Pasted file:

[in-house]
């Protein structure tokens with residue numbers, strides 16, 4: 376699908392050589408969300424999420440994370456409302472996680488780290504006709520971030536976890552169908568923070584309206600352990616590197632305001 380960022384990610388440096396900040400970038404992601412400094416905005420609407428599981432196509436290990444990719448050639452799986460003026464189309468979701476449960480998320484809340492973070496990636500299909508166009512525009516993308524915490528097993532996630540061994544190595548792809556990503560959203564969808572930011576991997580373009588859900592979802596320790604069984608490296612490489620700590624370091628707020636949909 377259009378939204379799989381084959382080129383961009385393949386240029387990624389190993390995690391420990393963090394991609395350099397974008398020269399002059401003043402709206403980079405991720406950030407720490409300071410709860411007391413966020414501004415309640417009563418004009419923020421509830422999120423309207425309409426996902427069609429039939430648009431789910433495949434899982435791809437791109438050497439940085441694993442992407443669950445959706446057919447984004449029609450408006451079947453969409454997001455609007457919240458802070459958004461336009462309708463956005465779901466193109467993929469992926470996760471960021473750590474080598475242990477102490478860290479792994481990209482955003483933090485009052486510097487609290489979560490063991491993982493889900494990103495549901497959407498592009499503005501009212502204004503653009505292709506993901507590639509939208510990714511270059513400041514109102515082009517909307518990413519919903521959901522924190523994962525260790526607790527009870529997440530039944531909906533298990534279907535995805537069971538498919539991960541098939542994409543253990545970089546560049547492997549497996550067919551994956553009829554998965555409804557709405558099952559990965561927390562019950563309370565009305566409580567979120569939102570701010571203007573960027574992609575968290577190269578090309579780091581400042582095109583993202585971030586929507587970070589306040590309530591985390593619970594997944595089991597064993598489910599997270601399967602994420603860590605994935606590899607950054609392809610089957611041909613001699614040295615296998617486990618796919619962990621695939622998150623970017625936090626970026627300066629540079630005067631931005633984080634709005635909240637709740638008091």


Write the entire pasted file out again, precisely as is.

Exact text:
[in-house]
């Protein structure tokens with residue numbers, strides 16, 4: 376699908392050589408969300424999420440994370456409302472996680488780290504006709520971030536976890552169908568923070584309206600352990616590197632305001 380960022384990610388440096396900040400970038404992601412400094416905005420609407428599981432196509436290990444990719448050639452799986460003026464189309468979701476449960480998320484809340492973070496990636500299909508166009512525009516993308524915490528097993532996630540061994544190595548792809556990503560959203564969808572930011576991997580373009588859900592979802596320790604069984608490296612490489620700590624370091628707020636949909 377259009378939204379799989381084959382080129383961009385393949386240029387990624389190993390995690391420990393963090394991609395350099397974008398020269399002059401003043402709206403980079405991720406950030407720490409300071410709860411007391413966020414501004415309640417009563418004009419923020421509830422999120423309207425309409426996902427069609429039939430648009431789910433495949434899982435791809437791109438050497439940085441694993442992407443669950445959706446057919447984004449029609450408006451079947453969409454997001455609007457919240458802070459958004461336009462309708463956005465779901466193109467993929469992926470996760471960021473750590474080598475242990477102490478860290479792994481990209482955003483933090485009052486510097487609290489979560490063991491993982493889900494990103495549901497959407498592009499503005501009212502204004503653009505292709506993901507590639509939208510990714511270059513400041514109102515082009517909307518990413519919903521959901522924190523994962525260790526607790527009870529997440530039944531909906533298990534279907535995805537069971538498919539991960541098939542994409543253990545970089546560049547492997549497996550067919551994956553009829554998965555409804557709405558099952559990965561927390562019950563309370565009305566409580567979120569939102570701010571203007573960027574992609575968290577190269578090309579780091581400042582095109583993202585971030586929507587970070589306040590309530591985390593619970594997944595089991597064993598489910599997270601399967602994420603860590605994935606590899607950054609392809610089957611041909613001699614040295615296998617486990618796919619962990621695939622998150623970017625936090626970026627300066629540079630005067631931005633984080634709005635909240637709740638008091």